Saturday, 25 October 2014

Christian Candy development plan threatens death of essential homelessness and trauma services for vulnerable women in Camden

Kazuri Properties, a small social enterprise has operated from this building since June 2013. We operate an office, emergency and crisis services for women who have suffered domestic violence, are at risk of homelessness or fleeing terror. This is an essential community service.

We have developed a plan to build much needed refuge and transitional accommodation in a run down part of Camden with high levels of social exclusion and deprivation. This has the support of over 40 local third sector organisations and 400 people so far, have signed our petition to retain the building. Andy's Taverna on the ground floor is a much loved local restaurant. After it is refurbished, the owner has agreed to let us run a training kitchen, like Jamie's 15, until noon every day for women to learn catering and cooking skills.
We were in negotiations with the landlord for over a year and raised private and grant funds to purchase the building. We paid towards the development,  planning and implementation costs. The building was obtained illegally by Rev 1 LTD's directors  Evan Ivey and JP Tolaini after Stefan Bobolecki, Rob Sprunt (former director of development for LB Brent) & Stephen Gilbert FRICS who were working as consultants for Kazuri, took commercially sensitive information to JP Tolaini. They scuppered our deal and passed privileged material in breach of their professional duties to a rival commercial developer who cares nothing about the community and is cited in the local paper   "I believe I can build people beautiful, higher-quality living spaces with dashes of flair and panache that will be a joy to live in."  This would have been his first foray into property development, his background is in marketing. Mr Ivey plans to put in more yuppy flats (13) and an art gallery. Andy's restaurant is a much loved Camden institution.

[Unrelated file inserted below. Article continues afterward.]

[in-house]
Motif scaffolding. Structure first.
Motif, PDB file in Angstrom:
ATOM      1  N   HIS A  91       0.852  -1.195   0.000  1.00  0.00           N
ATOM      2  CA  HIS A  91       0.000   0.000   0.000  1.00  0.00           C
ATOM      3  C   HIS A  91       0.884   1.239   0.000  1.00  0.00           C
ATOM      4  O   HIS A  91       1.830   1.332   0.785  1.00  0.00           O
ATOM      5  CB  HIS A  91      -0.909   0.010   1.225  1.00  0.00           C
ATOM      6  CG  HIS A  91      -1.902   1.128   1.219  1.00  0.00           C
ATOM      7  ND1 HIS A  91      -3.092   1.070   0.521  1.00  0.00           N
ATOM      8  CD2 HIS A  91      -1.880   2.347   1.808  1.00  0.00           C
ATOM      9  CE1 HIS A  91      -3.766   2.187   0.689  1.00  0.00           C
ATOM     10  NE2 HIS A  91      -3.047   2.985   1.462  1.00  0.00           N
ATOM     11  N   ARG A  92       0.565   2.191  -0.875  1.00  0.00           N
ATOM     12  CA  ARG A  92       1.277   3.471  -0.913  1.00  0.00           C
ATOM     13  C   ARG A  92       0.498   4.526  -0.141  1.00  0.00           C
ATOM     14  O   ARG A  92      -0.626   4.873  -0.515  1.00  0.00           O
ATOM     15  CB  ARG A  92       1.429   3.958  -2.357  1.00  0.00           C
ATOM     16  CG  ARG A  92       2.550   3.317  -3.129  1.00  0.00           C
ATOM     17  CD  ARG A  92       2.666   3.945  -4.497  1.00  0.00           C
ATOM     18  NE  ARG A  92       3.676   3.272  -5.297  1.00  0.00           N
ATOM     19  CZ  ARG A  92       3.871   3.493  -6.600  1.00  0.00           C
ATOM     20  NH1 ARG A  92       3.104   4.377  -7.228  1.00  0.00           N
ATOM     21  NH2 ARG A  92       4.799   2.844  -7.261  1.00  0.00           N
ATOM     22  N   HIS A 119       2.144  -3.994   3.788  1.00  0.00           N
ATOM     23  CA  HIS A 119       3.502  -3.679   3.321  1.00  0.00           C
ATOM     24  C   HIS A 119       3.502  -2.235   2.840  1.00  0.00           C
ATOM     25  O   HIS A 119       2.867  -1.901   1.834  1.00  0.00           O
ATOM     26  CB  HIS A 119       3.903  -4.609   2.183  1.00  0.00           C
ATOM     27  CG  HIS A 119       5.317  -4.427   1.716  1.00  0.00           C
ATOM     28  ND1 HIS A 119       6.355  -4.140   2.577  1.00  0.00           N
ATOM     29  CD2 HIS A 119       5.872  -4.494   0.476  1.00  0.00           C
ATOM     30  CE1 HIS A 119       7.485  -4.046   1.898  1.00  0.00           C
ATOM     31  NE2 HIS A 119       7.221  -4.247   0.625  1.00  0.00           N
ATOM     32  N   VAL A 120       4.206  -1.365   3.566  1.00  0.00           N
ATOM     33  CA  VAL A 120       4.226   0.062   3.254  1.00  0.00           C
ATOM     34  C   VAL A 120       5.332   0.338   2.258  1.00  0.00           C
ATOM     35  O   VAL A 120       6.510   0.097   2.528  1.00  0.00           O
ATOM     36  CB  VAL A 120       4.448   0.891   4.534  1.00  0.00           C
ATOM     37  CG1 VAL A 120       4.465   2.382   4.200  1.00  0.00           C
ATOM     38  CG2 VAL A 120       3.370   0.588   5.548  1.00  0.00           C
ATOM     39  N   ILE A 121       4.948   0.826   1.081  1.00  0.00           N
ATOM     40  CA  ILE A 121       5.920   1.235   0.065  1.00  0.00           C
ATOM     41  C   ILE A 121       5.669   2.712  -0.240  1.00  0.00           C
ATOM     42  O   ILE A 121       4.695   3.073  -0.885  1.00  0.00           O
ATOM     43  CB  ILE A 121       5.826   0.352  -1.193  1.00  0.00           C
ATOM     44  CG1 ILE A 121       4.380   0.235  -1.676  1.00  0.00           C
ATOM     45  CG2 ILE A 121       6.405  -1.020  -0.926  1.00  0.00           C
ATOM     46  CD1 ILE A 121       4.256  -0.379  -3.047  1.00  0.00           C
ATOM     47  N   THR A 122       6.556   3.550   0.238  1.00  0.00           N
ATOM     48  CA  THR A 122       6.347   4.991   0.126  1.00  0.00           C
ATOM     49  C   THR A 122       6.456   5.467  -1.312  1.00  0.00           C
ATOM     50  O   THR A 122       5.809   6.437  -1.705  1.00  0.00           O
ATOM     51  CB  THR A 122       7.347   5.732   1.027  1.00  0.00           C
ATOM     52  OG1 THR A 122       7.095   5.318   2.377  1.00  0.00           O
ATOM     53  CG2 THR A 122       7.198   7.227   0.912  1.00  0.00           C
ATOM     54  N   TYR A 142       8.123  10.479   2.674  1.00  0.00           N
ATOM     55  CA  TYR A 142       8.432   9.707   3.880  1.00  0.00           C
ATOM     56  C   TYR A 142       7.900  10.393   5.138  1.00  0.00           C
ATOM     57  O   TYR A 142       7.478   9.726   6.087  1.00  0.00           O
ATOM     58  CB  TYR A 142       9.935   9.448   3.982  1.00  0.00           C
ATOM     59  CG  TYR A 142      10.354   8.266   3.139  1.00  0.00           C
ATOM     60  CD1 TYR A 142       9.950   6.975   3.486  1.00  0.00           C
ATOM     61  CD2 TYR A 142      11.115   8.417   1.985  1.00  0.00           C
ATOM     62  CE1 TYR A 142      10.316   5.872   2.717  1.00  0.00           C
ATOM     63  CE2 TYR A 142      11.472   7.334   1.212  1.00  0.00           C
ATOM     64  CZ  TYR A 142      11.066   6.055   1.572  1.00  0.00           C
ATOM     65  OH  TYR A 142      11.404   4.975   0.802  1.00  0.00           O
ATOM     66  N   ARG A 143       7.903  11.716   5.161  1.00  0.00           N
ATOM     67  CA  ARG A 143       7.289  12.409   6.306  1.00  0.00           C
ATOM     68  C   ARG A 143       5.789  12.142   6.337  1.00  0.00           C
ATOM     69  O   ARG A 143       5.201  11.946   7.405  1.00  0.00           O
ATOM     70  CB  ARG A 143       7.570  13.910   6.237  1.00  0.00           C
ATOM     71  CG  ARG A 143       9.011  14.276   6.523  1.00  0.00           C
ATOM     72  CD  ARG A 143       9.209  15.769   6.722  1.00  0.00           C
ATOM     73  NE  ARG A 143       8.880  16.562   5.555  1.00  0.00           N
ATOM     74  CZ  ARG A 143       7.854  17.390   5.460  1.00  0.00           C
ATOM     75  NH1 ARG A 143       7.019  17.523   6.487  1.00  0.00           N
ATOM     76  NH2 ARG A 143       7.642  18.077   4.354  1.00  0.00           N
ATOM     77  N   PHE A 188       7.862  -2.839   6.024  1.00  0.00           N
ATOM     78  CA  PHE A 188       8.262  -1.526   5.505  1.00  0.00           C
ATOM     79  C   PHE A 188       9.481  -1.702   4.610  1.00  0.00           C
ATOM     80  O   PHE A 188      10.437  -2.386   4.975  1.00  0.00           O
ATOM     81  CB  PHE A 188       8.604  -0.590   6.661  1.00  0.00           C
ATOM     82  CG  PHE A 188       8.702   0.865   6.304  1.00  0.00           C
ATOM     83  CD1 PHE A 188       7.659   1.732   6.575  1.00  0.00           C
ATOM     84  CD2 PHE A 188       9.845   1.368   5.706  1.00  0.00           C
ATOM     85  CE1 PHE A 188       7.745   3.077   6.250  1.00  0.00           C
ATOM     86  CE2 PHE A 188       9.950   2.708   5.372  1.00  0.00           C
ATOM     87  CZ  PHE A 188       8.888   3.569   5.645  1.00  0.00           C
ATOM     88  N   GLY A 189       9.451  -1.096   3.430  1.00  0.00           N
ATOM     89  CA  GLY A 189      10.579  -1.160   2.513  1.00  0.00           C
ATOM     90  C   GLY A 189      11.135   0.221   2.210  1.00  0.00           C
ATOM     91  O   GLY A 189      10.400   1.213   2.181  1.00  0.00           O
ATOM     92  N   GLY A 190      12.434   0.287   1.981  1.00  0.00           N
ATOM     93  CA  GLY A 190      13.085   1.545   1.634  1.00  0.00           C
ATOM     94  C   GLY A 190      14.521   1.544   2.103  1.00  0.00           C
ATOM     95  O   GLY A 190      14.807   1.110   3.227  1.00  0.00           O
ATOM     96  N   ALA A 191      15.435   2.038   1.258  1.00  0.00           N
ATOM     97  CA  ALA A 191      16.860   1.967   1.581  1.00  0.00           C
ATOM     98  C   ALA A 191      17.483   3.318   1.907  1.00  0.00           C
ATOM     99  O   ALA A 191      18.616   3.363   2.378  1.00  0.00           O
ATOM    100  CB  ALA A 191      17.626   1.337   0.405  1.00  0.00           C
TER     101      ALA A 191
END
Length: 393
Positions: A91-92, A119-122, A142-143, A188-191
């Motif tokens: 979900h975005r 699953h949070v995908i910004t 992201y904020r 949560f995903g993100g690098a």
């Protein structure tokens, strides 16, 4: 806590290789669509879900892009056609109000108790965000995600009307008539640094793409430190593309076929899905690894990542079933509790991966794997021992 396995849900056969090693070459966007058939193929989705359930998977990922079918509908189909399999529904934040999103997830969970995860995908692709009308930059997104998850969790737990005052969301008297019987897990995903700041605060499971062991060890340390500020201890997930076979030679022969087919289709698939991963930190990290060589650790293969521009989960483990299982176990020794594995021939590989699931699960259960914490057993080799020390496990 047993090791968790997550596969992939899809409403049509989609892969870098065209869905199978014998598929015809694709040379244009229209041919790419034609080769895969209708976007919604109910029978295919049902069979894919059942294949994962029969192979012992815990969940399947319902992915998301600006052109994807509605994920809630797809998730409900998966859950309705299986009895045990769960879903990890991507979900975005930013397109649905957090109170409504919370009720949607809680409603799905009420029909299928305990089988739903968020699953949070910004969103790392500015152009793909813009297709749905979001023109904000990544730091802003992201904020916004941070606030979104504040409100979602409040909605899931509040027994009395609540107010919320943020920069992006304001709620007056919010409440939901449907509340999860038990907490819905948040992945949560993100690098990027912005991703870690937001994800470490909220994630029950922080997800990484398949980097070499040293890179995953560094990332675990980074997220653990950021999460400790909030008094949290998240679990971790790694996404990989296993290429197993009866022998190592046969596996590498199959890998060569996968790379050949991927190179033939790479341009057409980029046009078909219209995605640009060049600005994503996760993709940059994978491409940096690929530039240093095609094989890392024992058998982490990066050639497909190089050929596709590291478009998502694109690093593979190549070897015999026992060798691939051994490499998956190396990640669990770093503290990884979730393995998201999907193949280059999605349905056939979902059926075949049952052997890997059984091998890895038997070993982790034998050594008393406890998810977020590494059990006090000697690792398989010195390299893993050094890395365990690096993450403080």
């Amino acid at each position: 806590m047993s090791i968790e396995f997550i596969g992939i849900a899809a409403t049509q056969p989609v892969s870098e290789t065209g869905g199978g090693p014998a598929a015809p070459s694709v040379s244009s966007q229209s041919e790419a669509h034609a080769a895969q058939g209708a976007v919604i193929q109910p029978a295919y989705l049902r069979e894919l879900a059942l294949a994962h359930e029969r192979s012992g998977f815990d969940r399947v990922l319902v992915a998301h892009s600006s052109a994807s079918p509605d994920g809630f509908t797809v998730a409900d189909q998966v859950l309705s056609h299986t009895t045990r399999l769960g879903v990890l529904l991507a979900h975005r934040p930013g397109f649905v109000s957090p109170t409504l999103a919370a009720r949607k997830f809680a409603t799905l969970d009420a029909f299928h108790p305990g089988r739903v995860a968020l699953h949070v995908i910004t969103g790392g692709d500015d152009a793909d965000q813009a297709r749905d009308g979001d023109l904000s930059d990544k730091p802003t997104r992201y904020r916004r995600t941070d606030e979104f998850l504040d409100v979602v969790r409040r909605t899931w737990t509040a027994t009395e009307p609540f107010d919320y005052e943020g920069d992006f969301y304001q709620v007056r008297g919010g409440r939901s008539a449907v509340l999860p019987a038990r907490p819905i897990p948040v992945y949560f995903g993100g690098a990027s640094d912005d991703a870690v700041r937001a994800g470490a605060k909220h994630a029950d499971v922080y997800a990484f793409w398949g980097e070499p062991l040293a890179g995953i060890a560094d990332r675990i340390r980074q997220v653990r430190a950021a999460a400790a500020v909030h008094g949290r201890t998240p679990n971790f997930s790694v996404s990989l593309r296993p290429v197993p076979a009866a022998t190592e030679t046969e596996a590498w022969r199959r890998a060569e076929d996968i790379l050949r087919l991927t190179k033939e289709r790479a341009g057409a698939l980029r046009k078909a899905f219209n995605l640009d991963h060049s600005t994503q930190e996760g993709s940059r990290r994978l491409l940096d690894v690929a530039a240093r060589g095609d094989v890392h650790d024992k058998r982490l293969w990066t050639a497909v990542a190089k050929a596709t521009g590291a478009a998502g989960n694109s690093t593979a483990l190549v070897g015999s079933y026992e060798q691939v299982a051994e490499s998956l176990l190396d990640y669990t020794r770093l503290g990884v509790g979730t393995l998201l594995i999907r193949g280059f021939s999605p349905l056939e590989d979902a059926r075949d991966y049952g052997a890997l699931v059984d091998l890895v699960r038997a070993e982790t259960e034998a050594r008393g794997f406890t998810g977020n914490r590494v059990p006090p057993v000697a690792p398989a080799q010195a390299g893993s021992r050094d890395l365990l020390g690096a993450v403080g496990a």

Evan Ivey, JP Tolaini and Colin Sanders a director of a specialist lending company, Omni Capital which is funded by Christian Candy and JP Tolaini are being investigated by Holborn burglary squad for breaking and entering, theft, violations of the Landlord Tenant Act and the Protection from Eviction Act. Crime Reference number 2325478/14.
In March 2014, they broke into the property and changed the locks before they owned it, aided and abetted by Mayfair property consultant, Tony Lorenz.

When the locks were changed illegally, 2 very vulnerable women were living in the property and were further traumatised by their actions. One was 19, fleeing FGM and the other a 23 year old who had left a domestic violence situation. Her former partner had pushed her down the stairs. He knew she was pregnant so he kicked her in the stomach. She lost her baby. You can read their stories below.
This is what Christian Candy's money supports, developments which gazzump services to combat violence against women and girls. Please stop the Candys and developers like Evan Ivey, JP Tolaini and Omni Capital encroaching on Camden's vital and vibrant community life and services.
This matter is now before the Central London County Court where Deputy District Judge Dagnall expressed specific concerns about how the purchase was based on professional trust being broken.  

Help save this important community resource - sign our petition to ask Eric Pickles, Secretary of State to intervene here

Christian Candy - developer not known for his taste in design and famously involved in a row with HH Prince Charles and the Emir of Qatar over the Chelsea barracks development.
FGM/C is a practice that goes right to the heart of a girl’s ability to make decisions about her own life and her own body. It results in severe pain, difficulties urinating and menstruating, pain during sex, serious problems in childbirth, physical disability and psychological damage.